To be able to have a car in your name in Cyprus you need to be on the system. Once they register you on the system then it’s easy to buy and sell cars and transfer ownership. So you might want to check if you can get on the system before buying a used car in Cyprus.
To do this just go down to the Department Of Transport Office in one of the cities in Cyprus and ask to be put on the system as you want to buy a car. You will need a driver’s license (international if it’s not in English), your passport, proof of residency (if you have it), and a bill with your address on it.
We didn’t try, however, I don’t believe it would have been possible for my husband to buy the car and put it in his name, and insure it as a Mexican passport holder. Or maybe it would have, but it would have been really complicated for a few reasons:
- They really didn’t like his Mexican driver’s license. The insurance company wanted a British license or an international one. So be sure to get an international driver’s license before you travel.
- If you have a driver’s license from a country other than Cyprus or the UK they want you to have had at least 2 years of experience driving on the left side of the road before they will insure you! Crazy. My nanny told me she was able to get around this by buying a life insurance policy in case you have the same issue.
Used Car Sales In Cyprus
Here is the process for buying a used car in Cyprus:
- Find a used car in Cyprus
- Complete the transfer documentation with car dealers or go to a registered mechanic with the seller to do this.
- Call up to start insurance – you have to do this over the phone and many places close at 2-3 pm so you will need to make sure this is set up before you do the transfer, more on this later.
- Check road tax is valid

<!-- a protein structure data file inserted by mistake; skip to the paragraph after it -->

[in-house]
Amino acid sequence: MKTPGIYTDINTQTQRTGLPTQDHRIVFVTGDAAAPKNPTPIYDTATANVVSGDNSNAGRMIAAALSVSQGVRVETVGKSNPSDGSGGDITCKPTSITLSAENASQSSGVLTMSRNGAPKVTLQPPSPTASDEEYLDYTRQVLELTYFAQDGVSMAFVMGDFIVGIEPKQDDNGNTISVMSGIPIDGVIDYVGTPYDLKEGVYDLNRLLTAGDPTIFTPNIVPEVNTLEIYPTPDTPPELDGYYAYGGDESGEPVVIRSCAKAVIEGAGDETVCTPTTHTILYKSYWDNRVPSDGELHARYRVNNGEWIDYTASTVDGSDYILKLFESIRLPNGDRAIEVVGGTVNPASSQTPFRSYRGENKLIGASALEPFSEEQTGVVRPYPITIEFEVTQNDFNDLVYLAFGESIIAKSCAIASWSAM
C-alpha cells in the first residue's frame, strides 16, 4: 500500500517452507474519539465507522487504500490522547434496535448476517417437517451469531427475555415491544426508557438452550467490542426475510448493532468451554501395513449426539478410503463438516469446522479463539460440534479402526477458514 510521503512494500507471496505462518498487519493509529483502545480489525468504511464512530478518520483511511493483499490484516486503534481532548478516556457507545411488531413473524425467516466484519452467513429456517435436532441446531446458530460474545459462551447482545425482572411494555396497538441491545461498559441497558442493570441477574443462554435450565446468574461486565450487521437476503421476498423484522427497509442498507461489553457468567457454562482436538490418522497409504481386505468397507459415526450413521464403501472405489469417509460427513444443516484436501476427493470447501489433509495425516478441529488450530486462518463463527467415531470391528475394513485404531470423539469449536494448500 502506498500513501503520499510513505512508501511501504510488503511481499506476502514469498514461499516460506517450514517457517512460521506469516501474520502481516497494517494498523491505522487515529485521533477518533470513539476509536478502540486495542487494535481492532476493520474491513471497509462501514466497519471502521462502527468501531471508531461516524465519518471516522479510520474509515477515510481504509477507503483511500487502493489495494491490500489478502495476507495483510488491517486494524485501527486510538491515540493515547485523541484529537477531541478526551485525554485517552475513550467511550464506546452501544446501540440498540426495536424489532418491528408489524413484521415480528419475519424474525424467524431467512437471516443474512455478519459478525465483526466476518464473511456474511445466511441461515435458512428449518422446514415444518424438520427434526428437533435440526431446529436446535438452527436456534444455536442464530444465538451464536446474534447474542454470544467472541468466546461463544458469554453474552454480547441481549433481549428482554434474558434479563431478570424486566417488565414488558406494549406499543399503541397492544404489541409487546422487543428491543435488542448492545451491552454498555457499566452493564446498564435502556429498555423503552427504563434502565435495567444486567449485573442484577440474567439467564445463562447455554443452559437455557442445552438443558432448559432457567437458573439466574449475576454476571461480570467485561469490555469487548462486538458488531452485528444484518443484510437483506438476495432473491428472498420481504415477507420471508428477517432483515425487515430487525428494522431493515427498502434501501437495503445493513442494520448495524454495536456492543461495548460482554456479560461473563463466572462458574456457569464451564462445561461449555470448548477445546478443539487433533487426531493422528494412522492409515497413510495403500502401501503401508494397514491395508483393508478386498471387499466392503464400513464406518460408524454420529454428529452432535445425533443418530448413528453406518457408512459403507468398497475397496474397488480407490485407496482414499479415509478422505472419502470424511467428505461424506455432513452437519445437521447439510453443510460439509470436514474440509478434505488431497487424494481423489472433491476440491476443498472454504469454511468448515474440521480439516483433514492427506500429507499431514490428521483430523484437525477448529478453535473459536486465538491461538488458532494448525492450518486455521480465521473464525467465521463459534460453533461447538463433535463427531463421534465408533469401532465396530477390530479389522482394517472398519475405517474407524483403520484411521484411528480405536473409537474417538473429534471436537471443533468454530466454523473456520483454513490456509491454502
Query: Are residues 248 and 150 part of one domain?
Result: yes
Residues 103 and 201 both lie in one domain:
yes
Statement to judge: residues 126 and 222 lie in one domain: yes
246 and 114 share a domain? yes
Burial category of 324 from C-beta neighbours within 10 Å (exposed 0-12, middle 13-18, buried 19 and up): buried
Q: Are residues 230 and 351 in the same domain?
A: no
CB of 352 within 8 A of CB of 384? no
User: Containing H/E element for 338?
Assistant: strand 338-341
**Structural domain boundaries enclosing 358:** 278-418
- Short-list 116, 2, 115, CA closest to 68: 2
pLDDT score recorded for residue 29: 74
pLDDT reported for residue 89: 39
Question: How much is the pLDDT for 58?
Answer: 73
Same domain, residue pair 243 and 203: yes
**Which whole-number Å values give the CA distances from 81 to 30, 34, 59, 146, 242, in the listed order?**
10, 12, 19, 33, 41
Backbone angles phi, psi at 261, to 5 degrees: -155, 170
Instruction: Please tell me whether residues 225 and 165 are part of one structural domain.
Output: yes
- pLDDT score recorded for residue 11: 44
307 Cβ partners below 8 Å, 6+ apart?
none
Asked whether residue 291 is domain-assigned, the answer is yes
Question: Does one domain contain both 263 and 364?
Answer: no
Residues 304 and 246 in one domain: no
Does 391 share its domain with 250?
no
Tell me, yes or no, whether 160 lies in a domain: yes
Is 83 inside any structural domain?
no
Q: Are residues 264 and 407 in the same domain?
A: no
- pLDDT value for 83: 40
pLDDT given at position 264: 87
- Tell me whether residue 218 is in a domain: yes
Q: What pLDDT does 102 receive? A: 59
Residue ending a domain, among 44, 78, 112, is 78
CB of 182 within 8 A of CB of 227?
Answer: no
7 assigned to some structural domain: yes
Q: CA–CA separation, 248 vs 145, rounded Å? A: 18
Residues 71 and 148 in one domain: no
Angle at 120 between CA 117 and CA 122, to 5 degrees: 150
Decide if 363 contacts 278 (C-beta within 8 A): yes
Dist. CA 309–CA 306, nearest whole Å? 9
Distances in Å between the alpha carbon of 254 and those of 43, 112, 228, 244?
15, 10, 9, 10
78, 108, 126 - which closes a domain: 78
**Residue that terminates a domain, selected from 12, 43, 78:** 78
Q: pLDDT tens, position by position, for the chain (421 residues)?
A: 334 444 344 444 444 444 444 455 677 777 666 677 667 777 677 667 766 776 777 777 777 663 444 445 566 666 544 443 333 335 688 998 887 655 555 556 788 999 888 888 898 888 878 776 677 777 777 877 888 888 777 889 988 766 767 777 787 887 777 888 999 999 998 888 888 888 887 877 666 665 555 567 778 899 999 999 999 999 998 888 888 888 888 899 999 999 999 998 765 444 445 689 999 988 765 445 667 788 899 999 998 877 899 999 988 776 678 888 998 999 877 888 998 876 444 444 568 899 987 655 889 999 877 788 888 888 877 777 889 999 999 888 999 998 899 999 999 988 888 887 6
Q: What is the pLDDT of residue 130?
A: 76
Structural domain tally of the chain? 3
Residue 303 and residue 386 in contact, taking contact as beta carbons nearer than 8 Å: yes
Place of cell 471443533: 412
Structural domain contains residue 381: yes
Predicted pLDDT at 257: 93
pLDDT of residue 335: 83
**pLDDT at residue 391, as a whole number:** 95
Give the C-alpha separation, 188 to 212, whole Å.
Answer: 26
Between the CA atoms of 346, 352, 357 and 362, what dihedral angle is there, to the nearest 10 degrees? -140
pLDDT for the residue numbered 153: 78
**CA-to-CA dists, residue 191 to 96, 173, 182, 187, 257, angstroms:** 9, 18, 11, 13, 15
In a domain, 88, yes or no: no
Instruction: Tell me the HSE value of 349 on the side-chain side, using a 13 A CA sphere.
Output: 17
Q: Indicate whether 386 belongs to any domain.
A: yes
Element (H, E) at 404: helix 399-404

- Check MOT is in date
- Once you have the car log book, transfer document signed and stamped by both parties, proof of MOT and Tax, and your insurance cover note you can legally take your new car!
- You then have 30 days from the transfer of ownership to take the transfer form and the car log book to the department of transportation in your city to do the official transfer.
- If you are not on their system they will add you (which takes a few days) and then o the transfer. The cost is around 8 euros.
- You will then need to return to the department of transport to collect your log book – be aware they will NOT tell you about this, you just need to know to do it. Give it 1-2 weeks and then just go in and ask for it. I assumed they would post it to me, but nope!
Buying A Car In Cyprus – Things to watch out for
I wish someone had told me about all of the common things to watch out for when you are buying a car in Cyprus. I would have saved myself so much stress.
The first thing to know is that used cars in Cyprus are expensive, it’s an island so everything is expensive! So lower your expectations, or raise your budget haha.
The first car we bought was on a super tight budget. We bought it privately and I honestly would not recommend anyone to buy a car privately in Cyprus, especially if you are an ex-pat. You won’t have any warranty, you don’t know how the system works, and you just don’t know about the car. We bought the car being told that we needed to fix something that was very easy, well it ended up being a whole expensive mess… you know how it goes.
Anyway, 6 weeks later we were in a dealership with our pile of shit car begging them to take it and give us something that was capable of doing more than 50 mph on the highway.
It’s really common in Cyprus for the mileage to be altered. There is much more chance of this happening in private sales than from dealerships. But it does still happen with them. Normally this gets found out when you transfer the ownership as the government keeps records of milages with each MOT. So you could end up in a complicated situation… If the car has low milage beware!
Where to Buy Used Cars in Cyprus
There are 3 main places to find used cars in Cyprus:
- Dealerships (recommended)
Buying A Used Car In Cyprus From The Dealerships
You can also get super ripped off here. So be aware and ask for recommendations from people you know. We went to several dealerships in Larnaca and they all tried to sell us shitty cars and refused to budge on the prices. We gave up and bought something privately from Facebook.